You say you don’t find a significant difference. But you do find a difference.


Now if you don't stretch the spring out,it might measure a little smaller,

I believe that is what I said. The one that has take a set WILL be shorter.

but if you stretch it and release it, it will generally go back to its original length, at least in my experience.

Probably will. But since it weakens the springs and most smiths will tell you it does, most people don’t do it. I notice you say you don’t take mags that you’ve stretched the spring in back on deployment. You say you put “NEW” springs in. If stretching them out was a good thing I’m sure you’d still be using the stretched ones. You do know that stretching them weekens them much fater than just cleaning and puting them back in right?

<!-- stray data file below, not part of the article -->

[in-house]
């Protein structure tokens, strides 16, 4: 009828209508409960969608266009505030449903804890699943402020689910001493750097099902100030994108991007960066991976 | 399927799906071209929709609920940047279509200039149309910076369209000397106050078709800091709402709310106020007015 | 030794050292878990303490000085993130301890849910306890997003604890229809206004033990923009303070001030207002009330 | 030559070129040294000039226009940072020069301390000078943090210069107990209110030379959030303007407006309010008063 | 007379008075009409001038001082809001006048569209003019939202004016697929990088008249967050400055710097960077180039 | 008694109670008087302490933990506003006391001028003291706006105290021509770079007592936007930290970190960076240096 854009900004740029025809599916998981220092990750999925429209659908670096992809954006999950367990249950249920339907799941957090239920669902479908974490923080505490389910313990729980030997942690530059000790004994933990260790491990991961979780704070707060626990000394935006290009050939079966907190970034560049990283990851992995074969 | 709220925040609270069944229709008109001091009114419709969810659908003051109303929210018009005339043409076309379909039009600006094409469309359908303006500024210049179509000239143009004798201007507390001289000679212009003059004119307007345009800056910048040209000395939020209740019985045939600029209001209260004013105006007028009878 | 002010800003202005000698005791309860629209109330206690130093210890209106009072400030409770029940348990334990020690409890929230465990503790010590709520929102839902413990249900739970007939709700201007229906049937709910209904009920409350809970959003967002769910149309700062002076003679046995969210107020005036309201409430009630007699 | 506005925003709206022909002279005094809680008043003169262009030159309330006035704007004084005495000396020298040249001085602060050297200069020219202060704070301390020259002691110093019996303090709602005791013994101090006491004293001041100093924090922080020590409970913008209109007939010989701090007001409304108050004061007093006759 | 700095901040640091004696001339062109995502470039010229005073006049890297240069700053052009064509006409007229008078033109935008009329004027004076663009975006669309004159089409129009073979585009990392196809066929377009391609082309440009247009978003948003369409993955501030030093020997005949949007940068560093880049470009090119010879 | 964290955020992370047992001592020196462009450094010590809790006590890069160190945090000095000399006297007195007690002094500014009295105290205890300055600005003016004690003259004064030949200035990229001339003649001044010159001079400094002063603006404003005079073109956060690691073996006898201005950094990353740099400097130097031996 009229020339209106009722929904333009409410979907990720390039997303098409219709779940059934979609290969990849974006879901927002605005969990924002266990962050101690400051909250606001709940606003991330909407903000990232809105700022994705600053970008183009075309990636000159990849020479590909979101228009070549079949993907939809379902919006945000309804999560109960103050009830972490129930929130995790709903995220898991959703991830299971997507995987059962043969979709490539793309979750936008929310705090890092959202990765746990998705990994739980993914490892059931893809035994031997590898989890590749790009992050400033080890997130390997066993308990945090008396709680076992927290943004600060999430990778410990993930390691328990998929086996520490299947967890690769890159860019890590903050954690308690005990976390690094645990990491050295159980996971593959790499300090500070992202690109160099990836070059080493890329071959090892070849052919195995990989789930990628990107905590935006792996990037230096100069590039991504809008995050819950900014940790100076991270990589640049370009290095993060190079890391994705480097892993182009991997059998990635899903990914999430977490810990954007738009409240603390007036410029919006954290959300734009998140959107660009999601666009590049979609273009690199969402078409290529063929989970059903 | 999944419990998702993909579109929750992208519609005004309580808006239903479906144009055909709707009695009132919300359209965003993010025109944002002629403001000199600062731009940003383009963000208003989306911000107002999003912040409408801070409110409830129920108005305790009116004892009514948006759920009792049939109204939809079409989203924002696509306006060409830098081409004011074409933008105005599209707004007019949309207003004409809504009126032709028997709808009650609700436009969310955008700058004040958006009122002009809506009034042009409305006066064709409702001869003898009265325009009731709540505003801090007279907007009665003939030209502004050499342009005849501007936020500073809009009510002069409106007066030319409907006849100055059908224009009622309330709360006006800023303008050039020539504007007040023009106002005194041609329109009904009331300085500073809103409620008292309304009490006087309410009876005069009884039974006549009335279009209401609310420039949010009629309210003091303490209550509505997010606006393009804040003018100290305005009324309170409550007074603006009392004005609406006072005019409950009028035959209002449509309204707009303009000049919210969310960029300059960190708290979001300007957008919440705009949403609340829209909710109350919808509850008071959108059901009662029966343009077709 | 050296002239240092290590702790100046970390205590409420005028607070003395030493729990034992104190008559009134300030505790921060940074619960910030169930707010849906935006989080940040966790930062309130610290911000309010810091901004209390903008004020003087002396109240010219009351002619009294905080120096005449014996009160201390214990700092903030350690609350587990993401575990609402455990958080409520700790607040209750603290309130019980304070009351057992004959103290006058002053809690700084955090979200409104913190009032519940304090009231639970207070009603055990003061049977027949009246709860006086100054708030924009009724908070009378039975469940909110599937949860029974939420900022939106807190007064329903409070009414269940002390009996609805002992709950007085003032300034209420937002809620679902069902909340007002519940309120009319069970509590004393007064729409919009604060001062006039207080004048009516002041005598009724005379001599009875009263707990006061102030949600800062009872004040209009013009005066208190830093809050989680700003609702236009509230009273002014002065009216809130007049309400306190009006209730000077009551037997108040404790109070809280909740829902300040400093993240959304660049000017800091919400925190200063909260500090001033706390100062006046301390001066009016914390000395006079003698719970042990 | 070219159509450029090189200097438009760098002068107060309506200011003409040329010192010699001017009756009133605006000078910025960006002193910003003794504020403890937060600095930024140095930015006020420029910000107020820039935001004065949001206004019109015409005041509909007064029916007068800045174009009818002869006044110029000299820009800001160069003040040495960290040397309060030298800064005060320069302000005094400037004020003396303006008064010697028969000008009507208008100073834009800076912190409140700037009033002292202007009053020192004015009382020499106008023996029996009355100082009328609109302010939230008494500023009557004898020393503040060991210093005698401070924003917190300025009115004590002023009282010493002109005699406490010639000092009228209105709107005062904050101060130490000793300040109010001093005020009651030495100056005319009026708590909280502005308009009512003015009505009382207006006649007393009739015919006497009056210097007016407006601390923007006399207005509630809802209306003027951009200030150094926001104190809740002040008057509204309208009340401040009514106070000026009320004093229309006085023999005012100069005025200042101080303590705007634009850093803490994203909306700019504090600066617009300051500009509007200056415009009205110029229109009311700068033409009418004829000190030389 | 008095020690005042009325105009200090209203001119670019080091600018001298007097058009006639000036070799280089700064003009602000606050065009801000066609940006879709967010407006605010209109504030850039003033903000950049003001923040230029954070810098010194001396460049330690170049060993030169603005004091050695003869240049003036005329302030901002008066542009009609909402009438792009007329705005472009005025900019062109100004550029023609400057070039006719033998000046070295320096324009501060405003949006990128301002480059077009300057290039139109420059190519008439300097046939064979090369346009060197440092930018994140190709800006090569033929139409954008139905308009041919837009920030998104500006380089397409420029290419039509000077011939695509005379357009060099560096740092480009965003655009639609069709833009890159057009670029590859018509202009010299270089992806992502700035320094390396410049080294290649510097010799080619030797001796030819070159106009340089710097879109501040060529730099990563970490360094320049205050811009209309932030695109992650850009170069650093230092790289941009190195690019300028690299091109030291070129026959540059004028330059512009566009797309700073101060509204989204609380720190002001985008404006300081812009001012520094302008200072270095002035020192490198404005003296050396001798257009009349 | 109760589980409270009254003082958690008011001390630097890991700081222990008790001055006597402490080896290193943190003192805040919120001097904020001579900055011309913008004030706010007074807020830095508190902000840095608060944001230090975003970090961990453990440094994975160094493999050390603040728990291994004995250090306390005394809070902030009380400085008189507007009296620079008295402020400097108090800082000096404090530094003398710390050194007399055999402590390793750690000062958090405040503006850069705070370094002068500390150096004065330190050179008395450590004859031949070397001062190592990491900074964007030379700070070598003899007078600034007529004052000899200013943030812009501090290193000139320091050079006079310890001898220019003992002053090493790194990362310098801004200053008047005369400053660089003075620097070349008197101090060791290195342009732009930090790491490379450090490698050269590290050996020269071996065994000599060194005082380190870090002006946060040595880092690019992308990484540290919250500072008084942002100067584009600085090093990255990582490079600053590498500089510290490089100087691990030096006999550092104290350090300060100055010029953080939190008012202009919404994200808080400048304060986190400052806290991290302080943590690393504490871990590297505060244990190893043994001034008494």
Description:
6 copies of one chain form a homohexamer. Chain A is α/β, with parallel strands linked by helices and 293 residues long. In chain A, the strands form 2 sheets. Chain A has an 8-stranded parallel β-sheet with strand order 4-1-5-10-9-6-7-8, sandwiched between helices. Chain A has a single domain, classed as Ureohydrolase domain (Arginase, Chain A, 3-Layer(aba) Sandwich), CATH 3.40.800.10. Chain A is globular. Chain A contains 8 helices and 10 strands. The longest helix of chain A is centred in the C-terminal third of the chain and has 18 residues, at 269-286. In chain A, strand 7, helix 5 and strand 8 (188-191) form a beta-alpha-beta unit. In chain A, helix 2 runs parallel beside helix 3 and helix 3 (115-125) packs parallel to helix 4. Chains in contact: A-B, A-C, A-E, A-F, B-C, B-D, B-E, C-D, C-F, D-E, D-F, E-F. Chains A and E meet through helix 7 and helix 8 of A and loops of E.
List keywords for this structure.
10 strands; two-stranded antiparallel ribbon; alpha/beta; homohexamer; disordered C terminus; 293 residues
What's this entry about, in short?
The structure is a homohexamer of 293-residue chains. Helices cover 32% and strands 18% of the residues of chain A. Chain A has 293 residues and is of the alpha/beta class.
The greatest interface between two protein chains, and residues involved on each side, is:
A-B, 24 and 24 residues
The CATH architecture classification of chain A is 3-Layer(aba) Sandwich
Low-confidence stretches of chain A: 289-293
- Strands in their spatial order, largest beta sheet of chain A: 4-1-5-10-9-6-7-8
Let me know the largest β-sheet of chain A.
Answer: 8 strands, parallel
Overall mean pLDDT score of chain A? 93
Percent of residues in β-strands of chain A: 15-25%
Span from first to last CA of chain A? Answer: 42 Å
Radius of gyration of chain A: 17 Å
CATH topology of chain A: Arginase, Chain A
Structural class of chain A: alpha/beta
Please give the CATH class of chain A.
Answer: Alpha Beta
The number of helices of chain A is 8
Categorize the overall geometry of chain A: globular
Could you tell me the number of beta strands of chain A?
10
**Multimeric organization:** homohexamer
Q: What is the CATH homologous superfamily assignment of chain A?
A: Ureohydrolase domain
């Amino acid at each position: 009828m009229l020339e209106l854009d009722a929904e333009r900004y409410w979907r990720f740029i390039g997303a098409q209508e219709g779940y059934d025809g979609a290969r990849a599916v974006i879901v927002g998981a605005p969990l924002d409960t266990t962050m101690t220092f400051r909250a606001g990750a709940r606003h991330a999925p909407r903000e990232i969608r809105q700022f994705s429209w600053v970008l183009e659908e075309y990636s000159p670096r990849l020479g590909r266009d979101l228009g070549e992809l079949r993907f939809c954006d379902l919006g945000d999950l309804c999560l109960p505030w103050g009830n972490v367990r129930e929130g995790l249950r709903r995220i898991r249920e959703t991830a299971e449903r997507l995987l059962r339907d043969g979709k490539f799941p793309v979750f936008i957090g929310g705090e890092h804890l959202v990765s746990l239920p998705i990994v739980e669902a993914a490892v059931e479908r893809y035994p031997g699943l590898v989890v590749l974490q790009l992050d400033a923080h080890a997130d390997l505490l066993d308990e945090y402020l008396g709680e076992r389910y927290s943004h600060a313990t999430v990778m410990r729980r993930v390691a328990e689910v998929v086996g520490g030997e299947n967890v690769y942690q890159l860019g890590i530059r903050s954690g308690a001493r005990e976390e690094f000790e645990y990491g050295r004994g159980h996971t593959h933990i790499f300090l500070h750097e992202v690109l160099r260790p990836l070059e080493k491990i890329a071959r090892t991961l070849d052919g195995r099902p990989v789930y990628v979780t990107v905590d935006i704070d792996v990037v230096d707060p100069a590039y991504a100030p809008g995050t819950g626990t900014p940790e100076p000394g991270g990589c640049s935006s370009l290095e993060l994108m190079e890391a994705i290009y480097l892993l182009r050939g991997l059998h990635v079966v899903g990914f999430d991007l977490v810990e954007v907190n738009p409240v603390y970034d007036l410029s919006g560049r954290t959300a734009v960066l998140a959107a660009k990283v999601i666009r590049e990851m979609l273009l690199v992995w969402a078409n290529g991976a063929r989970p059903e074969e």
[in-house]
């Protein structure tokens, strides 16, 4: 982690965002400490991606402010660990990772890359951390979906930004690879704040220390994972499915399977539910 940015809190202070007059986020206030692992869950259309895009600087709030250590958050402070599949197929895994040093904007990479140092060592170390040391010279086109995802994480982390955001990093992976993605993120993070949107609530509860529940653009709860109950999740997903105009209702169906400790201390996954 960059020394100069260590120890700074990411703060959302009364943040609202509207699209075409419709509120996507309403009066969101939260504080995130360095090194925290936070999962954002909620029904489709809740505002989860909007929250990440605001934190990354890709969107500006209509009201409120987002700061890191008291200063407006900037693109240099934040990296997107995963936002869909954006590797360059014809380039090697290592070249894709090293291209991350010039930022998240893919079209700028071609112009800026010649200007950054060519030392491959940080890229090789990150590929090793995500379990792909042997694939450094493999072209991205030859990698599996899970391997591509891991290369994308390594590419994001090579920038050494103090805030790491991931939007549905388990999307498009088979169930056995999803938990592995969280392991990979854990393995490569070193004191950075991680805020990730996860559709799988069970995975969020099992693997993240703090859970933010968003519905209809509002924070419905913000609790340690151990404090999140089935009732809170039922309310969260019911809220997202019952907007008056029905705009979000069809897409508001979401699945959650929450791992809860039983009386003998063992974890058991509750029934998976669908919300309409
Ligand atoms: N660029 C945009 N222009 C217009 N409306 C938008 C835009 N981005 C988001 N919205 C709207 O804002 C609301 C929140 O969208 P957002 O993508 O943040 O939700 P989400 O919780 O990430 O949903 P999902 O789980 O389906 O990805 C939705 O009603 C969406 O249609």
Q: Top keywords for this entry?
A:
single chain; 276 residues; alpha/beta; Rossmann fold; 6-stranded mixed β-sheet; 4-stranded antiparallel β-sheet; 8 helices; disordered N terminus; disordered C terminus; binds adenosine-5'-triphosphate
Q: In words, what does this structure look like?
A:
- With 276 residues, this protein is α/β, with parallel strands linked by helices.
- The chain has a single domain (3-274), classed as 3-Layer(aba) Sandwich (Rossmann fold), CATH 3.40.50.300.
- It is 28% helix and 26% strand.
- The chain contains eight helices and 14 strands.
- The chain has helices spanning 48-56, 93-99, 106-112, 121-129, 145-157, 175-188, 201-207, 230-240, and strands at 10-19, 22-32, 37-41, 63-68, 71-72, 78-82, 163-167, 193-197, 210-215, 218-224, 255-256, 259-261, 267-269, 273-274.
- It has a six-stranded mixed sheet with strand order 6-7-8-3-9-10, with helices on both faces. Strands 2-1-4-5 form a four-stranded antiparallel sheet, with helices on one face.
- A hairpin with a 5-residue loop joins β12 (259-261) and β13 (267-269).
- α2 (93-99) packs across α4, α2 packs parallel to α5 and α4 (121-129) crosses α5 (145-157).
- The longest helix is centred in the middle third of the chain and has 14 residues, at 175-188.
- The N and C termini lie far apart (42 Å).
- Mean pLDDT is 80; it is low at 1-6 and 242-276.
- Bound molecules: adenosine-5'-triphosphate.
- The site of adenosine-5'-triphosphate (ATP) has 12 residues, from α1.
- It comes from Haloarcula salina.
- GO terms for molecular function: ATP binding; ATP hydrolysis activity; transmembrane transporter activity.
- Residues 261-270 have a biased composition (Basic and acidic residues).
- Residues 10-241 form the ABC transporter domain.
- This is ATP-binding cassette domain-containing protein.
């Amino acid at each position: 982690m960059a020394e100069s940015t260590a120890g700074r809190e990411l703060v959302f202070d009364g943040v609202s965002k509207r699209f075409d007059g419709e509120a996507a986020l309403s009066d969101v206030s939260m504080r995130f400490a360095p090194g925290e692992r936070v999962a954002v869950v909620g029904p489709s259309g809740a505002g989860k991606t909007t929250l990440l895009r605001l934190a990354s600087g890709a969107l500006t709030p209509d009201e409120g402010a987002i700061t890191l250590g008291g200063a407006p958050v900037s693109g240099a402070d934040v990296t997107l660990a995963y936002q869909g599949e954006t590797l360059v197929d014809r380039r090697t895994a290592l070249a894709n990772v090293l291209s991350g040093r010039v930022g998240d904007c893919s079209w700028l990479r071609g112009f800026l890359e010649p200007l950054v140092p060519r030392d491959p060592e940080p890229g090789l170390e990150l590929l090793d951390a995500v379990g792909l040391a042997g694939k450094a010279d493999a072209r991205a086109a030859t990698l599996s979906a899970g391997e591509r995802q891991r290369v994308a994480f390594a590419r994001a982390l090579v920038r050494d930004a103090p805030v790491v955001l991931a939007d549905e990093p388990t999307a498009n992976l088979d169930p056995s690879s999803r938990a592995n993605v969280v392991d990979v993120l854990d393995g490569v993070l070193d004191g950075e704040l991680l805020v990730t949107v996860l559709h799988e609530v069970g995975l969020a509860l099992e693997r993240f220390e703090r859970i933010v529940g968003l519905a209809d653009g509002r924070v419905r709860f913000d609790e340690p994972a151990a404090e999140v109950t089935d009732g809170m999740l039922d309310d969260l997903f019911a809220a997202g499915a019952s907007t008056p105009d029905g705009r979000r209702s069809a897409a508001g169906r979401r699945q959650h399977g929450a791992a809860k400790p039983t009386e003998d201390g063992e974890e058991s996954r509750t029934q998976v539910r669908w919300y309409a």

If you doubt what I say just ask any spring manufacturers. They will tell you springs get shorter after use and that stretching is not recommended.

Now what I’ve posted is/was just for general knowledge. I’m by no means telling you how to treat you firearm. If stretching gives you more confidence by all means stretch away. After all you replace the springs with new ones when it counts. The only reason I don’t do it is because I don’t want to have to replace my springs .


BTW, thank you for your service.

bug
03-16-2012, 21:09
I loaded a 2 pmags, GI mag and a HK High Reliability mag in DEC 2008 I left them in my dads damp basement unprotected since that date. I left one dust cover on a Pmag the other I left off.

I used the cheapest Brass case ammo I could find at wall mart at the time. (55GR)

I plan to try them out sometime in JAN 2013 on a really cold,wet crappy day,with a dirty rifle

We shall see....